I had an emergency that put me in a panic yesterday evening. It started about two days ago while taking photos with my DSLR camera in Norfolk Virginia. My daughter noticed that one of the pictures had a spot near the center of the image. When she showed it to me, I realized that it must be some dust on the lens. I took out a little cloth wiped off the lens and didn’t give it another thought. That’s what I thought until Until yesterday evening, when I noticed while taking photos for my photo365 project that the spot had not been removed, and actually looked more pronounced. It was now a big black dot that was very noticeable. The fact that a quick swipe of the lens surface didn’t take care of the speck cause me a bit of panic, because it meant the speck was either on the camera body side of the lens, or worse (gulp) the speck had found it’s way onto the camera sensor.
Switching lenses, and seeing that the speck had not disappeared confirmed my worst fear. The speck was on the camera sensor, and would need to be removed. Now I can be unashamedly, a bit compulsive at times, and obsessive compulsive at that. I had read over the procedure in the Canon user manual about how to expose the sensor for cleaning. But I had also read that such a task should not be performed by the average person, with household methods. My problem was that for me, the compulsion to do something about this spec on my camera’s sensor was much greater that the wisdom of doing it correctly.
I won’t go into the gory details of what I did, but lets just say that before it was all over, I was fairly convinced that I had ruined my camera. In the end I was able to remove the speck, (and the smears and streaks that I had caused). My tools were, (and please no ‘you big dummy’ comments), 3 Q-tips and a few drops of ammonia. Taking a Q-tip and placing the smallest drop a ammonia on it, I lightly wiped the surface of the sensor in one direction, from top to bottom. Flipping the Q-tip over, and using the dry end to absorb any residual ammonia, and to wipe away any film that may have been left behind from the ammonia. I repeated this three times in total. After this I shined a light onto the sensor to make sure I had removed any streaks left by the ammonia.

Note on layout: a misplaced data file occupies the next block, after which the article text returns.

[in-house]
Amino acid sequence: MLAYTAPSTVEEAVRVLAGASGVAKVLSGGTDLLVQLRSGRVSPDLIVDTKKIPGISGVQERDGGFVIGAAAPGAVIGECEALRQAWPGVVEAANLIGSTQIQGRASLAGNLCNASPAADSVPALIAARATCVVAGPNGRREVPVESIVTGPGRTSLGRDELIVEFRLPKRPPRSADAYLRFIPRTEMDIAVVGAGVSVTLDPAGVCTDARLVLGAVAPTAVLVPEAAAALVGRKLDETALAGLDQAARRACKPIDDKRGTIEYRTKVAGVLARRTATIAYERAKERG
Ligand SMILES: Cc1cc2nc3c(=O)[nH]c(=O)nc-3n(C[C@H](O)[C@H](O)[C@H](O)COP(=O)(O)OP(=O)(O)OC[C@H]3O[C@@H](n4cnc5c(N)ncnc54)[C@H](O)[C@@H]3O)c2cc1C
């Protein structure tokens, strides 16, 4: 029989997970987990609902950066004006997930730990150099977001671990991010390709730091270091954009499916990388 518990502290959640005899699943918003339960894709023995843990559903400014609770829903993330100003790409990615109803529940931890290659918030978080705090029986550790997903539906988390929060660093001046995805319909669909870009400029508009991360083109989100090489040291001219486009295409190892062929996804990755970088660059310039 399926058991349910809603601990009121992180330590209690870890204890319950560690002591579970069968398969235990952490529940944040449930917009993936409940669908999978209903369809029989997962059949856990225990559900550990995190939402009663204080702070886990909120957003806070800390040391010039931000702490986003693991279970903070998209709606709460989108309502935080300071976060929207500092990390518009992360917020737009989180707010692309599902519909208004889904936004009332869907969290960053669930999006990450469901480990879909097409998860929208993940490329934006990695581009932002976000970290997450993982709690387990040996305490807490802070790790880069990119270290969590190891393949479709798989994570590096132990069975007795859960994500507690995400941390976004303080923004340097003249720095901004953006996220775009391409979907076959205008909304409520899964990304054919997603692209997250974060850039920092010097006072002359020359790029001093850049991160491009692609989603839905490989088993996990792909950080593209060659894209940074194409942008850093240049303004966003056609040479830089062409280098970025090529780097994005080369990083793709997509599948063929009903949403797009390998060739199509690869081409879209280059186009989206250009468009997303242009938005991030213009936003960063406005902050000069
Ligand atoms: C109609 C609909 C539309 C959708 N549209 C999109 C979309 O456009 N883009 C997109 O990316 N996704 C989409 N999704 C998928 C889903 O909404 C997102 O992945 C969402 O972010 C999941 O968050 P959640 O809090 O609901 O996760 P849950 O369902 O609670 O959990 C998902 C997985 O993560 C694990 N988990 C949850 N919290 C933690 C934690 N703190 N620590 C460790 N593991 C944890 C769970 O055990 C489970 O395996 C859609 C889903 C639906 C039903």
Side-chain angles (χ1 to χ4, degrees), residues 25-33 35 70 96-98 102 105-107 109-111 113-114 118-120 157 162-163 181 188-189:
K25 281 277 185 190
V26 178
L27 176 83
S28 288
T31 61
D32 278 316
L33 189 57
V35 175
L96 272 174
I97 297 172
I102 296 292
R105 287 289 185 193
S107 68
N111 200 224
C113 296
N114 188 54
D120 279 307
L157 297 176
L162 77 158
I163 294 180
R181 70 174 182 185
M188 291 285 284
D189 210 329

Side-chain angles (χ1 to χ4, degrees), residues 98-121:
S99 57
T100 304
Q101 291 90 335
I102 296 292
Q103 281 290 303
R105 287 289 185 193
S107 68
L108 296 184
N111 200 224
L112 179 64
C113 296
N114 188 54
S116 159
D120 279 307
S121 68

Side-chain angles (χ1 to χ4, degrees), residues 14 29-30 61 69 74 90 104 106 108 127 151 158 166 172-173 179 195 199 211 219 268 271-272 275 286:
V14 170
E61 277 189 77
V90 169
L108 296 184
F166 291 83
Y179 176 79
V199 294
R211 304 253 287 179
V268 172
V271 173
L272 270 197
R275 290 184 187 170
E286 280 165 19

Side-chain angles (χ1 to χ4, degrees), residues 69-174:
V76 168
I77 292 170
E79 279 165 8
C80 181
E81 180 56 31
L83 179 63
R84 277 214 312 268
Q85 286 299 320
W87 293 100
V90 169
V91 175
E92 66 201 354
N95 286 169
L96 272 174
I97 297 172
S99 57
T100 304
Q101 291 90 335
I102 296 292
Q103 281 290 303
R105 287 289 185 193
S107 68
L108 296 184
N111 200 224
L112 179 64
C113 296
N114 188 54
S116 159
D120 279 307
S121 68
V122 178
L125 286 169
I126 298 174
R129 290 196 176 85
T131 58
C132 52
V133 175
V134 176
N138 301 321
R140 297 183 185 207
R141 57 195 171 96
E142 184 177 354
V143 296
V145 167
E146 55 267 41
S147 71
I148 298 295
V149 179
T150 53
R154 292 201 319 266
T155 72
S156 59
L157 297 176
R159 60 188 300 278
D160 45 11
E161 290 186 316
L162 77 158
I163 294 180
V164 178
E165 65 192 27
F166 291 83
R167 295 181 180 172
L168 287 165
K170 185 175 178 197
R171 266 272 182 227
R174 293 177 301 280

I would absolutely not recommend this procedure to anyone, and am aware that there is a chance that a procedure like this could cause damage to the sensor. But thankfully, everything seems to have turned out well. After cleaning the sensor, I took several photos that all look great, and “spotless”. I plan on purchasing a sensor cleaning kit as soon as possible, to be more prepared when something like this happens again, and from what I have read, it will happen again. But in a pinch, and the extremest of emergencies, or unhealthy compulsions, this process may save the day, But please remember, doing this may very well ruin your camera’s sensor. I consider myself blessed that this seems to have worked for me. Try this method at your own risk. Better yet have a bit more patience than me, and wait to get the proper tools for cleaning your sensor, and do it the right way.